We all have passions in our life and things we want to achieve. The difference between people who achieve them and the people who don’t is just courage to take the leap. Today we met one such person, Maya Nelluri. She is actor, painter, writer, coordinator and much more. She wants to try anything related to arts and excels at most of them. She recently finished a very well received art exhibition and debuted in her first feature film. Here are some excerpts from our conversation.
So, let’s first begin with your origins. You being from New Zealand, how did you end up in the entertainment scene in Hyderabad?
I was always in love with Telugu cinema. Even though I grew up in NZ my family would always get DVDs or download the latest Telugu films so I grew up watching them. It was also my anchor to India because most of my extended family had also migrated to NZ or Australia. Once when a cousin of mine was getting married in Hyderabad I came to the wedding. Then I met Vanaja Banagiri who gave me a job at a magazine; I got into the film industry thanks to her. While in Hyderabad I got to have three art exhibitions, illustrated for an app and was able to do some other freelance art work. I also got to debut as an actor in Ranarangam that’s just released so I’m excited about that journey as well.
You seem to be interested in various forms of art from painting to acting. Where does this urge for self-expression come from?
I’ve always been a creative soul and I’m happiest when I’m able to express myself through any art form. A lot of it comes naturally to me but I have trained in painting and acting while I was in NZ and Australia (after that). It’s helped me gain confidence to do them professionally.
Let’s try to understand your artistic process. How does one of your pieces come alive from the inspiration phase to execution?
I used to paint since I was a child; earlier it was mostly what I saw. As the years passed different ideas would just come to me randomly. I write them down or just do a rough sketch at the time. Afterwards I paint them onto canvas, chalk or glass bottles. I mostly paint Shiva, Shakti and abstract forms.
You seem to gravitate a lot to minimalism and mythological imagery. Where does that come from?
That’s what attracts me. Even the colours I use are simple and bold – black, white, reds and blues.
Is it just the imagery that informs your art or do the stories behind these figures find their way into the work? If so, in what way? Could you give our readers an example?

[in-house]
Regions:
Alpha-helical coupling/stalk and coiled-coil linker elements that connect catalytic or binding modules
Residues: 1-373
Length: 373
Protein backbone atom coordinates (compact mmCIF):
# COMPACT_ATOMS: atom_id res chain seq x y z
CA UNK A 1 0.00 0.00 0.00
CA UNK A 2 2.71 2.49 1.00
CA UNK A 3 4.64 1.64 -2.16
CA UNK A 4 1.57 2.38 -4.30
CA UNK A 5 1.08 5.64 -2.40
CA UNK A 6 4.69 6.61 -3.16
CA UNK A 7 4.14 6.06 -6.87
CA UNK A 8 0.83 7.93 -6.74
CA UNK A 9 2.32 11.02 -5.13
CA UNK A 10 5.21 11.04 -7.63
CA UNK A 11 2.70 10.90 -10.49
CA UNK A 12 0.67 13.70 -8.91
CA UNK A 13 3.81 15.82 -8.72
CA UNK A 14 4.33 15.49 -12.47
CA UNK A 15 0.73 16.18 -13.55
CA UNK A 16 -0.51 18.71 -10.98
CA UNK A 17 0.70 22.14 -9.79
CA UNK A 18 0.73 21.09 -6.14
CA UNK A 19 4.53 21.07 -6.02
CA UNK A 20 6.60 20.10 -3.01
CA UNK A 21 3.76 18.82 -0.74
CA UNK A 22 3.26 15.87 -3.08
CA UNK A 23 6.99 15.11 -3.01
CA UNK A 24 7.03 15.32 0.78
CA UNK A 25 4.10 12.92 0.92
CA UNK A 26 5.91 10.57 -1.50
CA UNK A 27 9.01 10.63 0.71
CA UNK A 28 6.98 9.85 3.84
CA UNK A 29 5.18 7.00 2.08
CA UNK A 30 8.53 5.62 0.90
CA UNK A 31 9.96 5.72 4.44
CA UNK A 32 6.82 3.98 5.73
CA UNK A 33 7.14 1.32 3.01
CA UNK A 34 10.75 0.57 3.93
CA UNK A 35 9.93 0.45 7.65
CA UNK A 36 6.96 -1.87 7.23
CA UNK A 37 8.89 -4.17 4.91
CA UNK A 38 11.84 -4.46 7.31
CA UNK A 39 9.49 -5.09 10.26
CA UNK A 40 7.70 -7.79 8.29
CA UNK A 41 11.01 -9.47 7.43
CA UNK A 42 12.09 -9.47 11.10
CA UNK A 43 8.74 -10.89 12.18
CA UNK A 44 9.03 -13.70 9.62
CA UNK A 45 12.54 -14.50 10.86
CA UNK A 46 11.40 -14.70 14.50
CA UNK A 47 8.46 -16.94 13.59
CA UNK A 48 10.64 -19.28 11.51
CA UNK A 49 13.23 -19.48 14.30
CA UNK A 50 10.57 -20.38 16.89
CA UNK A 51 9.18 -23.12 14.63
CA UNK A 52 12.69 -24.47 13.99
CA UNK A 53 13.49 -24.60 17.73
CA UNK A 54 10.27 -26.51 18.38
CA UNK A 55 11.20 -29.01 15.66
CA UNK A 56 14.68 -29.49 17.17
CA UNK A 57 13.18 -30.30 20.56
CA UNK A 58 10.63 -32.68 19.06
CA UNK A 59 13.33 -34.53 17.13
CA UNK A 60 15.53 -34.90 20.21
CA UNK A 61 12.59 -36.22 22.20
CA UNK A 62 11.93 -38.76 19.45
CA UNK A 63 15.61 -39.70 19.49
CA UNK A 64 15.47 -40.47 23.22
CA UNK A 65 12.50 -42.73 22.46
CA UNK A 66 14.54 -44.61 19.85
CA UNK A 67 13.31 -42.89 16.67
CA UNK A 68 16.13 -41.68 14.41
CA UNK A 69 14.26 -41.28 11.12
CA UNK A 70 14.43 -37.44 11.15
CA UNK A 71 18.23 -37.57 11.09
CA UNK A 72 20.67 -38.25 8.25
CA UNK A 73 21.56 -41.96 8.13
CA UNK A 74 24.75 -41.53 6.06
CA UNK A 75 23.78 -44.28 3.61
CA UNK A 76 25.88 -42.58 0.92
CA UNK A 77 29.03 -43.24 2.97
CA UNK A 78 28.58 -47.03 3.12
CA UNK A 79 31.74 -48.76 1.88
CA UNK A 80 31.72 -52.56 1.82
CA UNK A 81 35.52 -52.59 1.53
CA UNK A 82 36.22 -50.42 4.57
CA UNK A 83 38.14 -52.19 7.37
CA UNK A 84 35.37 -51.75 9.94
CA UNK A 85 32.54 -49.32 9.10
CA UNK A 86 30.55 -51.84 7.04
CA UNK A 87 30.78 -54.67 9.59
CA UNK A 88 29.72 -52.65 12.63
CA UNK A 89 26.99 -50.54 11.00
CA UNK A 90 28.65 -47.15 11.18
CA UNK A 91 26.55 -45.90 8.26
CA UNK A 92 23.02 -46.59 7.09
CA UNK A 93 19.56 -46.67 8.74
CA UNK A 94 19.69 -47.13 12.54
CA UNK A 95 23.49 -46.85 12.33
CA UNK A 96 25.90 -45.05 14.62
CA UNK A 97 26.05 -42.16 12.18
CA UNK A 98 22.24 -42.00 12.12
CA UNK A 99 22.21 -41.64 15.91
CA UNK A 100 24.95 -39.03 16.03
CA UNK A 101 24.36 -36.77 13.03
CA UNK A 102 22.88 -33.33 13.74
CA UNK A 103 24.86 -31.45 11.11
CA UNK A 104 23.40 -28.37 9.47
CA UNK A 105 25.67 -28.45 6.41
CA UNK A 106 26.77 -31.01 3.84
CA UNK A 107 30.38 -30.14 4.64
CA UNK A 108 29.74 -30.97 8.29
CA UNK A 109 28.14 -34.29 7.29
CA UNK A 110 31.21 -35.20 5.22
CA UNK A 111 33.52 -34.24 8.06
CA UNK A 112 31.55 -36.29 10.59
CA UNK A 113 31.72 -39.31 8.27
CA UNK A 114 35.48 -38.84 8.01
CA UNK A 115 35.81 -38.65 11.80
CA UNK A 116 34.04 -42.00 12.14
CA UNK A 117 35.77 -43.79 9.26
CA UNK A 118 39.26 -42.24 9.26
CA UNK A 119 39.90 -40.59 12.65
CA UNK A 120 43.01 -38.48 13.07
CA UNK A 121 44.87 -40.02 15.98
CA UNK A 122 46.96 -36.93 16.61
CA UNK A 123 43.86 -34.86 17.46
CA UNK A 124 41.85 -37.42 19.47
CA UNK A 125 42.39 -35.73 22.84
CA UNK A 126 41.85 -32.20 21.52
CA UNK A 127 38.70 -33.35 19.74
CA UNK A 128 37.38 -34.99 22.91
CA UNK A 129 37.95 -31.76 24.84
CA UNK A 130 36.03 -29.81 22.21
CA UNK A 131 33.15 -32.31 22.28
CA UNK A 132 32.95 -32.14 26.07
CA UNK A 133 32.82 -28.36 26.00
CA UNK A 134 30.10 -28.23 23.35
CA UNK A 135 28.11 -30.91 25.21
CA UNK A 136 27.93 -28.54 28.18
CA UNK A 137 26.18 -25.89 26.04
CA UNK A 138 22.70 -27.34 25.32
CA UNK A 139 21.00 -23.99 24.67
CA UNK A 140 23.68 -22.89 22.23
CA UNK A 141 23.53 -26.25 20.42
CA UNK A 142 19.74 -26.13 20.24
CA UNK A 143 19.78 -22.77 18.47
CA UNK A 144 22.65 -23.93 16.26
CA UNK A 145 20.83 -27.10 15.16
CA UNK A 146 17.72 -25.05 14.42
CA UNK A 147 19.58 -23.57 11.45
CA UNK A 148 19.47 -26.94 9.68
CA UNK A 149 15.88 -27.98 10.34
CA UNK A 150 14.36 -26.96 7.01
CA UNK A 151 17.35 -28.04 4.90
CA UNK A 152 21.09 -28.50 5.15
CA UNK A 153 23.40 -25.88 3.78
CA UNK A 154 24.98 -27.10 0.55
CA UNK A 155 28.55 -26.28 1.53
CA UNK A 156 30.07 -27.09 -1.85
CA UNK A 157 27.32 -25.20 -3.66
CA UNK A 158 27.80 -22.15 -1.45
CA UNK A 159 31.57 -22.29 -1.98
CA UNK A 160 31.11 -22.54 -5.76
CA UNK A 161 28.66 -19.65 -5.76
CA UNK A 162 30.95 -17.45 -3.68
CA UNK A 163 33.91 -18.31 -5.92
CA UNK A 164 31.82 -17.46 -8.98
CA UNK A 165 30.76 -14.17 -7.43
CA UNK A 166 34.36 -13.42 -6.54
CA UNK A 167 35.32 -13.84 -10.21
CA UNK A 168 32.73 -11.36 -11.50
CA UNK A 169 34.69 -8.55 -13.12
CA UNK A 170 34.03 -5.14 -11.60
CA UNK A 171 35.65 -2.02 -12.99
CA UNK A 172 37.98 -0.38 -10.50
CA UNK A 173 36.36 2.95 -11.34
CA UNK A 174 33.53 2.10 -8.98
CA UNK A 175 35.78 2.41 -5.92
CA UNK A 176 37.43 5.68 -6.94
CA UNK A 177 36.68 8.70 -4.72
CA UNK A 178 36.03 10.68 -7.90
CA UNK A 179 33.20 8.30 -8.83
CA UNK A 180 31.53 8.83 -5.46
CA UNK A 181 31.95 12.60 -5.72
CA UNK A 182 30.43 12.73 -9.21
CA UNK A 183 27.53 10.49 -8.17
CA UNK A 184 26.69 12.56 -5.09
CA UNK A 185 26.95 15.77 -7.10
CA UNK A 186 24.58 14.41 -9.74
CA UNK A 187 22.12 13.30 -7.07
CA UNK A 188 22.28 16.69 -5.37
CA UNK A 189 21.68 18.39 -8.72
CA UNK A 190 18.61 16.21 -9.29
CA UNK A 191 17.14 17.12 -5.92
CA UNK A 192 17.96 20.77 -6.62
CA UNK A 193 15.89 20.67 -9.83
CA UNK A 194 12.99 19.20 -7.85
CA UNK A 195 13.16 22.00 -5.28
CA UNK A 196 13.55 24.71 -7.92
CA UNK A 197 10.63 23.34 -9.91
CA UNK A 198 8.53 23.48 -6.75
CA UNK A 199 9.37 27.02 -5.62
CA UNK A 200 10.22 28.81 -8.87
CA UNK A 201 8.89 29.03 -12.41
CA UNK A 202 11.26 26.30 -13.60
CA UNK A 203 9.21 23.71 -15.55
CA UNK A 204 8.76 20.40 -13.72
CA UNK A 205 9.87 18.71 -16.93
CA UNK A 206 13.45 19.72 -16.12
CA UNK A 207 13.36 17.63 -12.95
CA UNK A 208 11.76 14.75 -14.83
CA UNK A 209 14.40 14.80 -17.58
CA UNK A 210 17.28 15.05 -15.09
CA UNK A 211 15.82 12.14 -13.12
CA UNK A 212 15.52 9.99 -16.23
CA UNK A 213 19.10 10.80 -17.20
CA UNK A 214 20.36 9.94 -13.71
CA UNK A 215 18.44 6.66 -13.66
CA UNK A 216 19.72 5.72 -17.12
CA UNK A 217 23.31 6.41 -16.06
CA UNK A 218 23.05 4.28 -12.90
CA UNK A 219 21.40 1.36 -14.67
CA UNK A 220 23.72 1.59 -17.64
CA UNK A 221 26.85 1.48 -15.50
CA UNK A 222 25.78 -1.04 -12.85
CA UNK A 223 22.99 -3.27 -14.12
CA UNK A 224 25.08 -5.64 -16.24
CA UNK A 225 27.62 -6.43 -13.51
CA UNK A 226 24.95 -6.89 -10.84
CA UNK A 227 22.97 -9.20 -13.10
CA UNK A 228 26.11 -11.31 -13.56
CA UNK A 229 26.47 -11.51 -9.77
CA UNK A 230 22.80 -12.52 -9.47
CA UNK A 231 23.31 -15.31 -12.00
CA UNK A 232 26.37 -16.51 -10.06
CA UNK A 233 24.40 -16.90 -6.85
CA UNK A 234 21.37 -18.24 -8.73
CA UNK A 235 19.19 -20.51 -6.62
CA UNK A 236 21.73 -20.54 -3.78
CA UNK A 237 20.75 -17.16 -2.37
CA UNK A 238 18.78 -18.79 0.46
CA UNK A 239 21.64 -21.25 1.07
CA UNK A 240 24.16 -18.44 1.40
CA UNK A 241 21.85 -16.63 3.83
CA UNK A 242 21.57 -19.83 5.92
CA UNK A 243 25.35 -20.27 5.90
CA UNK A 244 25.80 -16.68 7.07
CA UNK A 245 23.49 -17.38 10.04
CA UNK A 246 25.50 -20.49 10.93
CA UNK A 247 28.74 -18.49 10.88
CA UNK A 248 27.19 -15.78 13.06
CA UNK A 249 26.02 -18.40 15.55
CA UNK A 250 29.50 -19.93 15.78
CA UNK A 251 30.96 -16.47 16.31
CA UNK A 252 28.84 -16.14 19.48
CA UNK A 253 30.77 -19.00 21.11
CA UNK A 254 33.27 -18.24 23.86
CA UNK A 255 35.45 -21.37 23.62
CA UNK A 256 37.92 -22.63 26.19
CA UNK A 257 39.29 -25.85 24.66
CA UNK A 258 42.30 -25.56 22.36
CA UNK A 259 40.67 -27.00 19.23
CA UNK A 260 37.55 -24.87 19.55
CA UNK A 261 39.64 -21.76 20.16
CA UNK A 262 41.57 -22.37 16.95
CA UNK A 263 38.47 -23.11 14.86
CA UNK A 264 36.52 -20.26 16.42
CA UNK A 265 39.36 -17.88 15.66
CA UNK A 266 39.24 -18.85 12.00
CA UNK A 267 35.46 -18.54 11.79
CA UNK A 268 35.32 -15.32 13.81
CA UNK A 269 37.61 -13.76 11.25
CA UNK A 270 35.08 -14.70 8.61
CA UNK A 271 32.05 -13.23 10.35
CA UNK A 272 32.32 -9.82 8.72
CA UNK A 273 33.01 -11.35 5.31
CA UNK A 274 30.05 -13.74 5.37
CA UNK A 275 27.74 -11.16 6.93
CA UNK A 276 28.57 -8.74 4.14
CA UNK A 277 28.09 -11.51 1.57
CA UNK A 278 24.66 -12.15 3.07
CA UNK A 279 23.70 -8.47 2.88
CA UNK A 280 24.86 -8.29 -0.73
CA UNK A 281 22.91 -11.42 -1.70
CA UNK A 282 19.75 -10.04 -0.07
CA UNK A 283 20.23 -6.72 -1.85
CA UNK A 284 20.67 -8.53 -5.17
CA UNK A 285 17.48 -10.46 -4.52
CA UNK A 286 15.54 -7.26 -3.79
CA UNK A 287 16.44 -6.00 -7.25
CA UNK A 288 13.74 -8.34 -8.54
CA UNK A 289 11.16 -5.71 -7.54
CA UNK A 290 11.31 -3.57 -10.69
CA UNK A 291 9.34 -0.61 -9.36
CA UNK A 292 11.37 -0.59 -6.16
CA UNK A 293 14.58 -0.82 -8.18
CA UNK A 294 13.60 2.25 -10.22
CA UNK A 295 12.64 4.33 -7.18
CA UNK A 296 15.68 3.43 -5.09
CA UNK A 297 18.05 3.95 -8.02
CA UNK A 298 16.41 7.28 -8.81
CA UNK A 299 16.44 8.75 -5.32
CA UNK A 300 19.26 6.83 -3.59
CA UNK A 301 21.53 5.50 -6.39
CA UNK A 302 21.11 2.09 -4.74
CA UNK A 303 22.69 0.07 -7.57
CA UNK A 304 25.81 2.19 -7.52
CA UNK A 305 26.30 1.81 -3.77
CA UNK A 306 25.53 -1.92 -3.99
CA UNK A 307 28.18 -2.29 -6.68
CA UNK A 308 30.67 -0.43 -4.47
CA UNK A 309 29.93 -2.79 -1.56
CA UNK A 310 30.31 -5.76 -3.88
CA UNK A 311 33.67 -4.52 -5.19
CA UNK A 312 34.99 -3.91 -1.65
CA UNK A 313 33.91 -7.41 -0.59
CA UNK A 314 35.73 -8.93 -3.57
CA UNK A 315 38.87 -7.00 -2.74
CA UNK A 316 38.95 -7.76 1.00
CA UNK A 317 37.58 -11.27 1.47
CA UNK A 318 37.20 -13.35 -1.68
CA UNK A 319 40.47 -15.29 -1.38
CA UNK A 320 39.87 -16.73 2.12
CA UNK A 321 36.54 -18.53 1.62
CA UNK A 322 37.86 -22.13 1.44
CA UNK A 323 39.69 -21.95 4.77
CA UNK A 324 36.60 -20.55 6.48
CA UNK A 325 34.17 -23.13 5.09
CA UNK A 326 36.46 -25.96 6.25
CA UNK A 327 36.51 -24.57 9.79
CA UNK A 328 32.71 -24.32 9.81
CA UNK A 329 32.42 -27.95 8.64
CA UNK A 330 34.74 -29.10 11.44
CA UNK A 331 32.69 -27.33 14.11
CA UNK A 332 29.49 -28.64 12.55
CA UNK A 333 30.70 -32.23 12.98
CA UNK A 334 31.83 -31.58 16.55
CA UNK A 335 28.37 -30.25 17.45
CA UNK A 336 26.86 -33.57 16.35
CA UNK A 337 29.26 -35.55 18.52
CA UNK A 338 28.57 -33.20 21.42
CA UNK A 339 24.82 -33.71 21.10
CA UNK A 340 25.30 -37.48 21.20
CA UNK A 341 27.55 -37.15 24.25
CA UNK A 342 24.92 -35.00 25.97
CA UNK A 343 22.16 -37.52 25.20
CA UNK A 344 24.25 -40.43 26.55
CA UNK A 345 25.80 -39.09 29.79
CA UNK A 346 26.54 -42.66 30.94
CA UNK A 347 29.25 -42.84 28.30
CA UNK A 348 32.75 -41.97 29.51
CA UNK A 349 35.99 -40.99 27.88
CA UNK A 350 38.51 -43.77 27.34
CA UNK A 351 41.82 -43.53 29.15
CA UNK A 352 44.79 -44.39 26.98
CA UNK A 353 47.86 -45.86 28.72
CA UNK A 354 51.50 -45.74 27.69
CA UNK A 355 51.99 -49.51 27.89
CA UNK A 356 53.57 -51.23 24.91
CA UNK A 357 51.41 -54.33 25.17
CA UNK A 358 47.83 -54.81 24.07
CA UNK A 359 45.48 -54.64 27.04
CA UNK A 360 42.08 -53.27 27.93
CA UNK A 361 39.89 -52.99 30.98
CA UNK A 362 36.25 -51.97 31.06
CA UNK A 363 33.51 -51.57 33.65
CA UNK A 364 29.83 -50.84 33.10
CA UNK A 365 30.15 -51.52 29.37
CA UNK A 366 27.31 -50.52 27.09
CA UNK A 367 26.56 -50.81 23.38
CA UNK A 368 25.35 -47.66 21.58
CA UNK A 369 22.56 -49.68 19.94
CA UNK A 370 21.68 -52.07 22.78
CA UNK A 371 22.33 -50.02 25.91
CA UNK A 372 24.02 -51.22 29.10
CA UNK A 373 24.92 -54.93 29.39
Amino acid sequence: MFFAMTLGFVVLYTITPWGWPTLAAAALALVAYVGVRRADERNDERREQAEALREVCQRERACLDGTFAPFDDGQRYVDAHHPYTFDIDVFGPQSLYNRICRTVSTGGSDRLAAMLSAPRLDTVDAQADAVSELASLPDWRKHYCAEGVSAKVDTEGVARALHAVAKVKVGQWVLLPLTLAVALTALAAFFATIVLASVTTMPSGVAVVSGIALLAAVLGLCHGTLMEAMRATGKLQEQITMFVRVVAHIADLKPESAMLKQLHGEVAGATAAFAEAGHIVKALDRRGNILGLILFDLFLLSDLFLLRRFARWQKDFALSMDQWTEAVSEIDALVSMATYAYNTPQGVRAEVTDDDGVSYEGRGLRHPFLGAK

Recently a group art exhibition was conducted by Octopus Group at Siddeshwari. It was an all women group with incredible variety. My collection from that show had a portrait of Shiva in a very modern form, a close up of Maa Kaali’s eyes, and two abstract representations of life as I see it. There is a red circle which symbolizes life placed between black and white because according to me everything in life is grey. All my paintings are also deeply inspired by my childhood spent in NZ and Australia. I’ve used the aboriginal patterns from those parts of the world and also have different inscriptions from our holy books etched into the paintings.
This is a very eventful month for you. Your debut film is also out. Can you tell us how that came to be?
I used to work as a journalist in the industry for a couple of years. During that time I was asked to act but at the time I had other issues. But two years ago I decided to focus on acting. I studied it in Sydney and then moved back to Hyderabad. I had done a couple of short film/skits for YouTube initially. After that thankfully Director Sudheer Varma decided to cast me in Ranarangam. I’m quite grateful to him for giving me a noticeable role. The film was very stylish and gripping; and a lot of people liked me in the film so I’m very happy that I got to be a part of it.
How was your experience working on Ranarangam?
Studying acting and actually acting on location are totally different. From my classes I gained confidence but when I actually got onto the set I learnt about the practical aspects of shoot. It was a major learning curve. I loved being on set as well because the team was amazing and I was happy being around them and soaking up the knowledge.
Can you tell us a little about how you prep for your scenes?
I was told about the characterisation of Manga so we decided on the outfits to fit a girl from a low socio-economic background in a village in the 90s. As for the acting, the director would explain to us the scene and what he wanted out of us. Sudheer sir has the amazing ability to explain in a way that allows you freedom while getting what he wants out of you as an actor.
So, what can we expect from you next?
Right now, I’m shooting for a Telugu film directed by Goutham EVS as a lead. I’m also shooting for a Zee5 Original web-series directed by Hussain Shah Kiran, as a lead. There are a couple of other projects under discussion. I’m hoping the rest of the year takes off and you will get to see a lot more of me in the coming days!
Thank you, Maya. It was a real pleasure talking to you. Keep doing more great stuff.